Philosophical Review (forthcoming)

Authors
Eddy Keming Chen
University of California, San Diego
Abstract
If there are fundamental laws of nature, can they fail to be exact? In this paper, I consider the possibility that some fundamental laws are vague. I call this phenomenon 'fundamental nomic vagueness.' I characterize fundamental nomic vagueness as the existence of borderline lawful worlds and the presence of several other accompanying features. Under certain assumptions, such vagueness prevents the fundamental physical theory from being completely expressible in the mathematical language. Moreover, I suggest that such vagueness can be regarded as 'vagueness in the world.' For a case study, we turn to the Past Hypothesis, a postulate that (partially) explains the direction of time in our world. We have reasons to take it seriously as a candidate fundamental law of nature. Yet it is vague: it admits borderline (nomologically) possible worlds. An exact version would lead to an untraceable arbitrariness absent in any other fundamental laws. However, the dilemma between fundamental nomic vagueness and untraceable arbitrariness is dissolved in a new quantum theory of time's arrow.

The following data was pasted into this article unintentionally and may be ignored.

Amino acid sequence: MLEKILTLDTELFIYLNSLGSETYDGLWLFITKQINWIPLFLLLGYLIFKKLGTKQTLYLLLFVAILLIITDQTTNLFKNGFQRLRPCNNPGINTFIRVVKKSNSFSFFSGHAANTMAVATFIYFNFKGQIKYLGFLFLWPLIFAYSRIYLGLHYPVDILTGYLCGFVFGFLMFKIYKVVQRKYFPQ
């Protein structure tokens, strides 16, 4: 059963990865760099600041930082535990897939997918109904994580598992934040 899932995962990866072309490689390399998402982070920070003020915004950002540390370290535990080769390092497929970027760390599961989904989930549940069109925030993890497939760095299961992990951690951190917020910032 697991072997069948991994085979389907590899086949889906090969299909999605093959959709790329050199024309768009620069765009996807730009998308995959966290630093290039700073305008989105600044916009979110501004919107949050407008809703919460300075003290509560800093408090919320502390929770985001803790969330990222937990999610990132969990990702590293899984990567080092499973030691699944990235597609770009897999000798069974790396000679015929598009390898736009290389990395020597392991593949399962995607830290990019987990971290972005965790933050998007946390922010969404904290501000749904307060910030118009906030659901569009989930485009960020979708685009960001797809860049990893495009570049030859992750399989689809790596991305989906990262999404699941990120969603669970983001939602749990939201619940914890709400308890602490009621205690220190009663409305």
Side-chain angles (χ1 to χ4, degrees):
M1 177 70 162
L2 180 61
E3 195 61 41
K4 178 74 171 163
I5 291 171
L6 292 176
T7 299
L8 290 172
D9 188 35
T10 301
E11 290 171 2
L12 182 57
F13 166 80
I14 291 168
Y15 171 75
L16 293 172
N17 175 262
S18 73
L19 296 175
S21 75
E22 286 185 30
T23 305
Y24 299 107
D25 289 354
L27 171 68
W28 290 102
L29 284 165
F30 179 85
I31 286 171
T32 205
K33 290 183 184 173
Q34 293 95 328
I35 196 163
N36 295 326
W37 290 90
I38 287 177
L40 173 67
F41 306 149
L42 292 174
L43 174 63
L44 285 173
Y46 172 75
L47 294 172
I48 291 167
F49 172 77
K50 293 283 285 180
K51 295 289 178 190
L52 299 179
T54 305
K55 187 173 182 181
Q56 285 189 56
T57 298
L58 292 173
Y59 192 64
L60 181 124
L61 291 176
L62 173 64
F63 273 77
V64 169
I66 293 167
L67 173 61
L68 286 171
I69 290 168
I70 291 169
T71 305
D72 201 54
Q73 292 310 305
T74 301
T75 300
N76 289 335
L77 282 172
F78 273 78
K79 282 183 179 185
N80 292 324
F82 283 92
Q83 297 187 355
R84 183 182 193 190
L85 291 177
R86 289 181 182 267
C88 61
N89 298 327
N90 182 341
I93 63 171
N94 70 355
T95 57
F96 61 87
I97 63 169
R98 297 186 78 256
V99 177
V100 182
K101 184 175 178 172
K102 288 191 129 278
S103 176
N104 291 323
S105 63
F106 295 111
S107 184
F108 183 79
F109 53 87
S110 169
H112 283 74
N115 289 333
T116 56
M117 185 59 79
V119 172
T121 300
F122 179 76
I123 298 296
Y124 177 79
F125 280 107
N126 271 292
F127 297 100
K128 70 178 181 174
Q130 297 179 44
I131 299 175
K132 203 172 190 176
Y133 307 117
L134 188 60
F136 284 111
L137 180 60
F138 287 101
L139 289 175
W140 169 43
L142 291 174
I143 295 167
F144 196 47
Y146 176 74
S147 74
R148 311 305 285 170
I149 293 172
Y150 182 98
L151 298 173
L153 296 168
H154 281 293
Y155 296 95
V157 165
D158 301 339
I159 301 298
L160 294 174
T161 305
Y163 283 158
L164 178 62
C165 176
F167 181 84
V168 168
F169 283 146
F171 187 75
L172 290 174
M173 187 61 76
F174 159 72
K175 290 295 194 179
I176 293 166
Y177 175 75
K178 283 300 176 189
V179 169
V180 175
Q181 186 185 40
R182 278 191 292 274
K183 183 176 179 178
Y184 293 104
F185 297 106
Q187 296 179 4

Keywords vagueness  exactness  higher-order vagueness  semanticism  epistemicism  imprecise probabilities  laws of nature  Past Hypothesis  time's arrow  Humeanism
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References found in this work BETA

Writing the Book of the World.Theodore Sider - 2011 - Oxford University Press.
New Work for a Theory of Universals.David Lewis - 1983 - Australasian Journal of Philosophy 61 (4):343-377.
What is a Law of Nature?D. M. Armstrong - 1983 - Cambridge University Press.
Philosophical Papers Vol. II.David K. Lewis - 1986 - Oxford University Press.

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Citations of this work BETA

The Past Hypothesis and the Nature of Physical Laws.Eddy Keming Chen - forthcoming - In Barry Loewer, Eric Winsberg & Brad Weslake (eds.), Time's Arrows and the Probability Structure of the World. Harvard University Press.
The Cosmic Void.Eddy Keming Chen - forthcoming - In Sara Bernstein & Tyron Goldschmidt (eds.), Non-Being: New Essays on the Metaphysics of Nonexistence. Oxford University Press.

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